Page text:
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Experts call for special entity to manage waste
January 11 2019 08:31 PM
Construction and industrial waste dumped in a designated area
Construction and industrial waste dumped in a designated area

Doha

There is a need to create a special entity in the country for waste management and treatment, a number of experts have suggested to local Arabic daily Arrayah.
There should be separate sections for treating chemical waste, electronic waste, construction waste and other types of waste and refuse materials, as there are at least six different types of wastes produced, totalling around 20mn tonnes a day.
A waste management plan prepared in 2011 is still under review by the entities concerned, an expert recalled. Accordingly, there is a need to establish more recycling plants in partnership with the private sector. 
There are currently only two recycling companies that work on the Rawdat Rashid landfill area. They are estimated to be handling around 5% of the accumulated waste while the remaining waste, amounting to millions of tonnes require several more companies to recycle.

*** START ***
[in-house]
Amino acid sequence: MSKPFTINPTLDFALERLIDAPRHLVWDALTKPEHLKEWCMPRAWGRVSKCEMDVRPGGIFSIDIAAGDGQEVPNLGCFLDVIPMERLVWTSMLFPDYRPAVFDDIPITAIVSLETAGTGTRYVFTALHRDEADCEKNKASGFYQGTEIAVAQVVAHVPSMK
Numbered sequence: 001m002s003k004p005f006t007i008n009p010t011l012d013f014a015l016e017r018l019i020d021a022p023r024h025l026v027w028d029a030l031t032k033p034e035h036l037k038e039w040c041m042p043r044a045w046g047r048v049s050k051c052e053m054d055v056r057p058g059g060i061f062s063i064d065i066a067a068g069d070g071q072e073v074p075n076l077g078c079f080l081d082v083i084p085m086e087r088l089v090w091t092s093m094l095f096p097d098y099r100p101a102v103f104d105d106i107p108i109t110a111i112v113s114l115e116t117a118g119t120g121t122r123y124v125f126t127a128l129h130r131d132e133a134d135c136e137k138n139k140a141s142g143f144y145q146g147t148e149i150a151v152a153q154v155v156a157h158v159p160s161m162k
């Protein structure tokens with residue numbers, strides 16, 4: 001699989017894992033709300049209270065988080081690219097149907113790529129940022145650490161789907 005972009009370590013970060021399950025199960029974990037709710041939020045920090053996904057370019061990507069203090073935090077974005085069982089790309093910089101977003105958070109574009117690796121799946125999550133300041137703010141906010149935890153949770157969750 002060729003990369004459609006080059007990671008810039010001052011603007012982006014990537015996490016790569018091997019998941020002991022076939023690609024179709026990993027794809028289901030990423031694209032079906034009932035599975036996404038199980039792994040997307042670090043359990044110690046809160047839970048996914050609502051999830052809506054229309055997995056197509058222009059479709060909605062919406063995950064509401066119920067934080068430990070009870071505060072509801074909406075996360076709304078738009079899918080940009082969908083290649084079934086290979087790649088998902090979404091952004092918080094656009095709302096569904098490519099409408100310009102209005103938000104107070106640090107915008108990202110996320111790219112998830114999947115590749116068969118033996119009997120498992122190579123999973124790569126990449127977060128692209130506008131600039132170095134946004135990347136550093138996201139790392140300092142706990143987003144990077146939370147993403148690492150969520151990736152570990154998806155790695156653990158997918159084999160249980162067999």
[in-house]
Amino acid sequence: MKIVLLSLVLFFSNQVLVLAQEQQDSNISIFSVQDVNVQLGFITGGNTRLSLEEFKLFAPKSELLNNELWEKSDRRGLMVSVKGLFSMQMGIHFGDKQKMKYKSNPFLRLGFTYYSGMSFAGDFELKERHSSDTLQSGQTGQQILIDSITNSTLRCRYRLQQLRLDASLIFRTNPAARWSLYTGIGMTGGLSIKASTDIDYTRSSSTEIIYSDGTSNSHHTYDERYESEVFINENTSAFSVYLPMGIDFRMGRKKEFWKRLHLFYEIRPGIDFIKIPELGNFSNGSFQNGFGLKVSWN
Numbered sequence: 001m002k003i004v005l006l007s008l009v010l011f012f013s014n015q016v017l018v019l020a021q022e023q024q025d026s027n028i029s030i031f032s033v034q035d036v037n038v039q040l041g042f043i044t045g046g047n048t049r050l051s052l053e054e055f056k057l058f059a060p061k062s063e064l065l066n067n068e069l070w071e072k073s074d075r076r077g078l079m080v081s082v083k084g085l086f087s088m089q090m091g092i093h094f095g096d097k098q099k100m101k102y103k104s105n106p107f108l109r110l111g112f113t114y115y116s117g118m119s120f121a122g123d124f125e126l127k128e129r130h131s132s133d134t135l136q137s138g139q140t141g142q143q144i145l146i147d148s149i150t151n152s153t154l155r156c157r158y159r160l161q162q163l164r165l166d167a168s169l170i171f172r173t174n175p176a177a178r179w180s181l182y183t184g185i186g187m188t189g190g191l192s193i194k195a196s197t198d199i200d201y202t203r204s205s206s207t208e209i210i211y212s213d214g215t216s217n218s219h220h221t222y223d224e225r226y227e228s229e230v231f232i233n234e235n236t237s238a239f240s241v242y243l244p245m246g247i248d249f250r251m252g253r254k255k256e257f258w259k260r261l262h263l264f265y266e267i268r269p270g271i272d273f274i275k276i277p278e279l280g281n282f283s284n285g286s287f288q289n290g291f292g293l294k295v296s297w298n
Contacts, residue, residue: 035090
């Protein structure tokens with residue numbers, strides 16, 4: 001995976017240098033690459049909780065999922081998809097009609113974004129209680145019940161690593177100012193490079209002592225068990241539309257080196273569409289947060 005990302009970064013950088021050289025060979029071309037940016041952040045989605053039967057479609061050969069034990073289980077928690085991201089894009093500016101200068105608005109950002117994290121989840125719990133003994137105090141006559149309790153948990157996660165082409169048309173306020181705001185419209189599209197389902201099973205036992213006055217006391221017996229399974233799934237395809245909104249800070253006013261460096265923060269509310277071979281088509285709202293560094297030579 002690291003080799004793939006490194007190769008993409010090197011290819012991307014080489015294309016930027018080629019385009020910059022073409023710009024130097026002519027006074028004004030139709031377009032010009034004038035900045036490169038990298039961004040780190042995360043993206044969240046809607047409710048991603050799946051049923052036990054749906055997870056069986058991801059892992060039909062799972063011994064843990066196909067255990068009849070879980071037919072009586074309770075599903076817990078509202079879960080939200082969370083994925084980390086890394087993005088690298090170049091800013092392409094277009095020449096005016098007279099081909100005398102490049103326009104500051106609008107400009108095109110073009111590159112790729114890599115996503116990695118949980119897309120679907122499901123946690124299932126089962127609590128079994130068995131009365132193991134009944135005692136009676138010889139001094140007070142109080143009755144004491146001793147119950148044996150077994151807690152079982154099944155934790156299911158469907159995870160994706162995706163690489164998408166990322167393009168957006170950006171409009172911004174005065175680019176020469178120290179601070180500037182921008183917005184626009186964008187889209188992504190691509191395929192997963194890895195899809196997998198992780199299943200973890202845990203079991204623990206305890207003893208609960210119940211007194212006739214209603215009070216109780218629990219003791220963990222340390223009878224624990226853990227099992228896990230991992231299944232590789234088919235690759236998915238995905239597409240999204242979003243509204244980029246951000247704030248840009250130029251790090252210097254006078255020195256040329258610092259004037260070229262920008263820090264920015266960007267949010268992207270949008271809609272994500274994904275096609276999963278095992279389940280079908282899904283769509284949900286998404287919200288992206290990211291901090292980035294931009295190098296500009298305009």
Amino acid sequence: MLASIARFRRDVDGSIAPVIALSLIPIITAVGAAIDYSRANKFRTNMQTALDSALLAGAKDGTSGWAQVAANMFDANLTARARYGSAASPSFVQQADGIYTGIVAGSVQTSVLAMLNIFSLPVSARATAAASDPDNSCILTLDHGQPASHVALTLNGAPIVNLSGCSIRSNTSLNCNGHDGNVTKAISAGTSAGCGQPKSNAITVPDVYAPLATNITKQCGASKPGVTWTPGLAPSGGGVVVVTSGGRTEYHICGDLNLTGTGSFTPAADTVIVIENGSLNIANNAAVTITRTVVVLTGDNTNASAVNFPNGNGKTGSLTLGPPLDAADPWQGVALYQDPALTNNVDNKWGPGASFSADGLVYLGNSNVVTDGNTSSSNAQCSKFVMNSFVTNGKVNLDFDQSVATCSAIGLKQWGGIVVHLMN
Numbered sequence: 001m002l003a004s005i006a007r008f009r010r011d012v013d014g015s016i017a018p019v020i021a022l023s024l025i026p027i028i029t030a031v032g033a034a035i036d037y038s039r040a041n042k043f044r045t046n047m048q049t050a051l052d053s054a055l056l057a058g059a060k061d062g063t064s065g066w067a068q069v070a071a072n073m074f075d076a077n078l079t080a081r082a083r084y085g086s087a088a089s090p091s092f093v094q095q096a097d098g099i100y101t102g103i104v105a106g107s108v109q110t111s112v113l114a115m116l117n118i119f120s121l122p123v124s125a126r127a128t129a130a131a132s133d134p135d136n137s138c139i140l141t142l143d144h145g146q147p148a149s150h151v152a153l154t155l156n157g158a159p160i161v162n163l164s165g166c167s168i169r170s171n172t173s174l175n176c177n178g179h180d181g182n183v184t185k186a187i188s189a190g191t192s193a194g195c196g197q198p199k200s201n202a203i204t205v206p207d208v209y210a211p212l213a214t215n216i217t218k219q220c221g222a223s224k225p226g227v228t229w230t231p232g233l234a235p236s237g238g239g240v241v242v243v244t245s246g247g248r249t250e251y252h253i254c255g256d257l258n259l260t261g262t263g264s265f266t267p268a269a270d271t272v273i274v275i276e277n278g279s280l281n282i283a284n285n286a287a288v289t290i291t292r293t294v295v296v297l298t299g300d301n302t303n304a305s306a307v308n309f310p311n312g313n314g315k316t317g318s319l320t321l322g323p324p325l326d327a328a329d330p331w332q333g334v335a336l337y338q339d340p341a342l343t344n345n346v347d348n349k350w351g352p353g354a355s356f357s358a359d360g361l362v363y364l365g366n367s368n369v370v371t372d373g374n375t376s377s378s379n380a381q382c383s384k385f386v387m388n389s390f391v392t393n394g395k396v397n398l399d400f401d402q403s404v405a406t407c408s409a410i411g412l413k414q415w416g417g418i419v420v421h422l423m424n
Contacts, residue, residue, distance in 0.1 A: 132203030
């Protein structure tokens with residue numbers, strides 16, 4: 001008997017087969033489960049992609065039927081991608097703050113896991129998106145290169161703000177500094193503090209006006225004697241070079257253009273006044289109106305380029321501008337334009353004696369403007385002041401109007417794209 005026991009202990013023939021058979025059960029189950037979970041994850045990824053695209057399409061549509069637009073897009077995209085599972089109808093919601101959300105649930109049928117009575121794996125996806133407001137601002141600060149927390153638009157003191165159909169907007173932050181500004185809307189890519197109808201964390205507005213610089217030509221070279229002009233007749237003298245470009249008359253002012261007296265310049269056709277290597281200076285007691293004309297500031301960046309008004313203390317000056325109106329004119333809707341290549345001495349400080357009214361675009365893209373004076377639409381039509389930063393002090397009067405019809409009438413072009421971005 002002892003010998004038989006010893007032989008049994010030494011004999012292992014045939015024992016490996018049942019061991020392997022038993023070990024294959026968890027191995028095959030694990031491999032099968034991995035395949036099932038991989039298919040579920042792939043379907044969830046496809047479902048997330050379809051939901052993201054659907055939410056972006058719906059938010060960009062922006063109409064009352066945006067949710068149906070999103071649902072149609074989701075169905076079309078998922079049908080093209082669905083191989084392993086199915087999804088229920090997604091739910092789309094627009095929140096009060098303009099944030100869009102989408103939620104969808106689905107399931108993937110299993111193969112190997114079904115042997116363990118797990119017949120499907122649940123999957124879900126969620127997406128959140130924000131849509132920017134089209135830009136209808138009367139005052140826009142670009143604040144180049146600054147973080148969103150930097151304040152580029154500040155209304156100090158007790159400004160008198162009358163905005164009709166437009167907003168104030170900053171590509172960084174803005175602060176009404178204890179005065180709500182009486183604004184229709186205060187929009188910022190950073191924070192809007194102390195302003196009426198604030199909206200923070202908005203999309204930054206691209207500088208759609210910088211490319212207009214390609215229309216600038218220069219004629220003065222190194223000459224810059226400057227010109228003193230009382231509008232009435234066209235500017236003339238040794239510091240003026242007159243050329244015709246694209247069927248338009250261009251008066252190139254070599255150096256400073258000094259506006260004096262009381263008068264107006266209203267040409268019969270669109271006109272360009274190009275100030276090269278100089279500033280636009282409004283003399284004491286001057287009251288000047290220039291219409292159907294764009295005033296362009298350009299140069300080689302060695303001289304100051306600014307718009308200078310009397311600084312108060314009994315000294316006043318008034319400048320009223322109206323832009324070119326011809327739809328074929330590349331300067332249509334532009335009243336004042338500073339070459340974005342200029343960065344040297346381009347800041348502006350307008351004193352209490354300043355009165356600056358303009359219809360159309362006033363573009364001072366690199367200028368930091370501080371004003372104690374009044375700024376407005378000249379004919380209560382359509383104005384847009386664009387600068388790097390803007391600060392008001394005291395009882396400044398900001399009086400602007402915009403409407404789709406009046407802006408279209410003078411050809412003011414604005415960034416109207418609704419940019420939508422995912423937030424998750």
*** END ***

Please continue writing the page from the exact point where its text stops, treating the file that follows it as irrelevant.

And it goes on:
"Such huge quantities of waste would increase day after day creating bigger issues if not timely addressed," another expert stressed. 
Dr Mohamed Saif al-Kuwari, director of the Environmental and Municipal Studies Institute, at the Ministry of Municipality and Environment, said: “In 2010, we conducted the first official research on the issue of construction waste and its recycling and how to benefit from them at the state projects. In 2014, we conducted another research on the solid rocks in the desert and how to benefit by recycling them. There are five other related research projects published in some of the major international specialized magazines.” 
He pointed out that the private sector could play a major role in treating and recycling various types of waste and benefit from them economically.
Dr Saif Ali al-Hajari, a leading environmental campaigner and expert said that the private sector should be encouraged to invest in the recycling projects under state regulation and supervision. Strict control should be maintained as well to avoid any potential abuses of the environment, he added.



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